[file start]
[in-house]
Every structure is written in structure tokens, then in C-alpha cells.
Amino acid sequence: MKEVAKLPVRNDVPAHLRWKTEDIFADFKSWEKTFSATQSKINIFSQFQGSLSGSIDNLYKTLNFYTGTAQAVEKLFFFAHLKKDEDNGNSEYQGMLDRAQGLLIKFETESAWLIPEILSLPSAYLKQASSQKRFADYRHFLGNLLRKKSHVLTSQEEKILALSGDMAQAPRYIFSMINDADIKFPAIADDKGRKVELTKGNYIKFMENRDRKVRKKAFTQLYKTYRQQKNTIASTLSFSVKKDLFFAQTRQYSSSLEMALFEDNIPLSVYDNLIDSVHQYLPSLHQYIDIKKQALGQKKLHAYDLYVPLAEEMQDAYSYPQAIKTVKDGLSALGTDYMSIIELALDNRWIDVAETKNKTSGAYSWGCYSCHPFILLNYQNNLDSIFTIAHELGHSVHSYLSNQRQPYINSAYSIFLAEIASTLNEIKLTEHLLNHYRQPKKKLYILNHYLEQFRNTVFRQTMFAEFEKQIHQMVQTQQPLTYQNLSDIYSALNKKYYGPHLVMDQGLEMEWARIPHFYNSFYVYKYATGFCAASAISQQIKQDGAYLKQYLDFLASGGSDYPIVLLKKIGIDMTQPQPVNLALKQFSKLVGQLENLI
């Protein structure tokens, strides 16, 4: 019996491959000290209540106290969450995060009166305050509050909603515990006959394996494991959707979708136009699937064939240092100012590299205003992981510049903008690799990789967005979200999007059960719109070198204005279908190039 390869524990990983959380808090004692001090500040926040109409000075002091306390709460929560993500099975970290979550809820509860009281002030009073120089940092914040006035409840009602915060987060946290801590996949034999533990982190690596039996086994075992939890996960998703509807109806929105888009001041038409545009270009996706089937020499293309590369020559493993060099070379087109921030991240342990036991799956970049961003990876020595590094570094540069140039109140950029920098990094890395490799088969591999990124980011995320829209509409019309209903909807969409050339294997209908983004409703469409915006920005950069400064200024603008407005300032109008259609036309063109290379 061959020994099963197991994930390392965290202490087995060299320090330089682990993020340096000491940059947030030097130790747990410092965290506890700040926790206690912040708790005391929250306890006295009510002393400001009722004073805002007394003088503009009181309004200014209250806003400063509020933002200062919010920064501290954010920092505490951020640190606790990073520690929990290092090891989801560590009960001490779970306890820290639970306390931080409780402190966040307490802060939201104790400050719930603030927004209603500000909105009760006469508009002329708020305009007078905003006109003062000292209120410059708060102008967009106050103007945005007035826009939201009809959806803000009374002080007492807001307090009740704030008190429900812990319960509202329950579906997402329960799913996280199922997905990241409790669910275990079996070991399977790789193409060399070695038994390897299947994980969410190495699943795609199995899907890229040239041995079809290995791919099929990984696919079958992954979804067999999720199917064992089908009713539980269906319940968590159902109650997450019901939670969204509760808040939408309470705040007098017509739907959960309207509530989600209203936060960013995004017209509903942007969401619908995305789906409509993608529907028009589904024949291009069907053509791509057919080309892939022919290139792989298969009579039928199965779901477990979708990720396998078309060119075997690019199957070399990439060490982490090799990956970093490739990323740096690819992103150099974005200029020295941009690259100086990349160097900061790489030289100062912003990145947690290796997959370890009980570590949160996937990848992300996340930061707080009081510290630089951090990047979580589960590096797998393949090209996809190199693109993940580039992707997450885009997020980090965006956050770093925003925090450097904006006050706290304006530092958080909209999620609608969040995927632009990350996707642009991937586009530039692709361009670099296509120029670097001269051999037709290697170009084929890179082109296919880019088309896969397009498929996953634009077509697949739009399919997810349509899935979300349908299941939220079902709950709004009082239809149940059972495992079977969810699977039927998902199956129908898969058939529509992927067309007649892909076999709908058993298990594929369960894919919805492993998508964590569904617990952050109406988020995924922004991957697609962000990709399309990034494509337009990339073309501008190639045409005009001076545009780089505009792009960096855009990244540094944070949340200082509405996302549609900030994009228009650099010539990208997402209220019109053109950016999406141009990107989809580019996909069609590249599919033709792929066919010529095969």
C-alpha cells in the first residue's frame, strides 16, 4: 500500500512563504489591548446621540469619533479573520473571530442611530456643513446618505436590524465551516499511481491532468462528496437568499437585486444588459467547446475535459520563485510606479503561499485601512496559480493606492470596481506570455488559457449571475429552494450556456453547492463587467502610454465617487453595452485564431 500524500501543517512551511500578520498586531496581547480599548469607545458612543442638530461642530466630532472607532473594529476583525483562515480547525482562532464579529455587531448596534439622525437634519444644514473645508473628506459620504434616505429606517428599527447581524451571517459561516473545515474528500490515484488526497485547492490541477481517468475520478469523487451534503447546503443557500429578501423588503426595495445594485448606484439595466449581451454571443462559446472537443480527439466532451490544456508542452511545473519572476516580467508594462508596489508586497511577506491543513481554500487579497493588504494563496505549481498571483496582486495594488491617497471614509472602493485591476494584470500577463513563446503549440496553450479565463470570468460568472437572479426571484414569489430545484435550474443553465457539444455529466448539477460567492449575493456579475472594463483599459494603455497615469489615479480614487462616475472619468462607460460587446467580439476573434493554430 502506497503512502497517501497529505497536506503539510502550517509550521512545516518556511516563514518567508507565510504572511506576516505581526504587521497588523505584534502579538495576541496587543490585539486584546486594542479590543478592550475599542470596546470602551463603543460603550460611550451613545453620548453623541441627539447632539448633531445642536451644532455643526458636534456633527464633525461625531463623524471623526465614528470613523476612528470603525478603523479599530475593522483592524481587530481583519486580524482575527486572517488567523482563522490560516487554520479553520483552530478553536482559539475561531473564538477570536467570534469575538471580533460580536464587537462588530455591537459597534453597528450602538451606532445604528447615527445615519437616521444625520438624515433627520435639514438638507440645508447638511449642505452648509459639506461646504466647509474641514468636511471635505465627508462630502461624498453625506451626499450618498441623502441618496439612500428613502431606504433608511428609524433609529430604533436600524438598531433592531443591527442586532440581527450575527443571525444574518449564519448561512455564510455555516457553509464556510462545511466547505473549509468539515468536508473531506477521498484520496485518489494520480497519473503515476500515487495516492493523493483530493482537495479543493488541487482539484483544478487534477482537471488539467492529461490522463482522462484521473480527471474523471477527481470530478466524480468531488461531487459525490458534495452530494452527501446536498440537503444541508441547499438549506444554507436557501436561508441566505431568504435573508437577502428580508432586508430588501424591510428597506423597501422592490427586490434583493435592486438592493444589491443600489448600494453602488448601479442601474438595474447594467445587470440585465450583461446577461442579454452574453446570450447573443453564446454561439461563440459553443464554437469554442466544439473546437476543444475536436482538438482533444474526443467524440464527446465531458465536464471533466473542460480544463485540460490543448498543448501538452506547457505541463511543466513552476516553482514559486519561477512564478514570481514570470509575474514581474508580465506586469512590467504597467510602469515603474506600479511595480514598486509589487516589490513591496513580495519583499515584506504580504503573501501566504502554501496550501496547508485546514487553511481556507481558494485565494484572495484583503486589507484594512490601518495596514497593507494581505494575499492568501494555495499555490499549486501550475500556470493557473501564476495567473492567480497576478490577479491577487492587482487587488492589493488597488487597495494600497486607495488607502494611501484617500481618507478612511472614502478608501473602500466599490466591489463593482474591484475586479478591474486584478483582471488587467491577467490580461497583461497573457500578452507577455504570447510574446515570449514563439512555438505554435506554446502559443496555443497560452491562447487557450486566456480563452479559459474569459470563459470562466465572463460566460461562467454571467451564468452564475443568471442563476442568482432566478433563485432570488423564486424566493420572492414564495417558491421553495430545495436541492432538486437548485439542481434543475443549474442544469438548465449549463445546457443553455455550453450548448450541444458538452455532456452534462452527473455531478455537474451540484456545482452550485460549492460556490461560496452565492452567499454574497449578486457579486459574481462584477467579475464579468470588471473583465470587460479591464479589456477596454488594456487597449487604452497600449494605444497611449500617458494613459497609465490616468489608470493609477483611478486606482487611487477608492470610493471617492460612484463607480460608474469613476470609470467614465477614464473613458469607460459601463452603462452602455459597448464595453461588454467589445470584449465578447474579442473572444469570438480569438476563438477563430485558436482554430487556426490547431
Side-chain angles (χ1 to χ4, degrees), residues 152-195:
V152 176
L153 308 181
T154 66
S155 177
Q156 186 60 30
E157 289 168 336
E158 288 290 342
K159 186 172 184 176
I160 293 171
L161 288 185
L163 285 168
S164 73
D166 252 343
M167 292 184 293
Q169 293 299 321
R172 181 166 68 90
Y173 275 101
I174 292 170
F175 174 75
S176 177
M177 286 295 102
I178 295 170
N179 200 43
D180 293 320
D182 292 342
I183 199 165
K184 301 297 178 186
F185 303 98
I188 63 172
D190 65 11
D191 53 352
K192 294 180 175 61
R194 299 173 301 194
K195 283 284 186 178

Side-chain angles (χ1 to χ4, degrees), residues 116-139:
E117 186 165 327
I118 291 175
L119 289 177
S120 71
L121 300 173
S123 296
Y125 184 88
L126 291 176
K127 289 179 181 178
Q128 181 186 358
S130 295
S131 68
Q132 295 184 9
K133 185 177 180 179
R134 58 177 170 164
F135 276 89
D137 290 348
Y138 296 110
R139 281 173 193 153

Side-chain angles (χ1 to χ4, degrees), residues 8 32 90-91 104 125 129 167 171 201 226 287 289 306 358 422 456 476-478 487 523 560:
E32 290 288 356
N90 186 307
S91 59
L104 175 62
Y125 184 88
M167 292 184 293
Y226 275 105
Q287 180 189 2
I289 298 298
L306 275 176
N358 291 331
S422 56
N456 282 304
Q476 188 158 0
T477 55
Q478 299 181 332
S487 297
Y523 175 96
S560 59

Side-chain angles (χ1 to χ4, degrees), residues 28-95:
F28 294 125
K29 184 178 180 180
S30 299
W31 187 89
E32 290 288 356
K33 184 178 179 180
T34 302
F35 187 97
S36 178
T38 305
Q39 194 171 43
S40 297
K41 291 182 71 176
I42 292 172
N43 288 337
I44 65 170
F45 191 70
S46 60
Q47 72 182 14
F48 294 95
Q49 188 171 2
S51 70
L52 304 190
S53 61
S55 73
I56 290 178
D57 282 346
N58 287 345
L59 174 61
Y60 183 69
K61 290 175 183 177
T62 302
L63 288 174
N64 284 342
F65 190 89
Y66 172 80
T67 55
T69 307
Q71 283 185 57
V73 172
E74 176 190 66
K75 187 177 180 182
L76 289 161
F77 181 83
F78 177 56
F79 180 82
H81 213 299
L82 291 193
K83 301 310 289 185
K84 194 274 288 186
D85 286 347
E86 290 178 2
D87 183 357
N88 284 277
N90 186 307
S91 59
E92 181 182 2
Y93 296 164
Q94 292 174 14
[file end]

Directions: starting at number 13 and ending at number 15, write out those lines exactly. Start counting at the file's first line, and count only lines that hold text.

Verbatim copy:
E158 288 290 342
K159 186 172 184 176
I160 293 171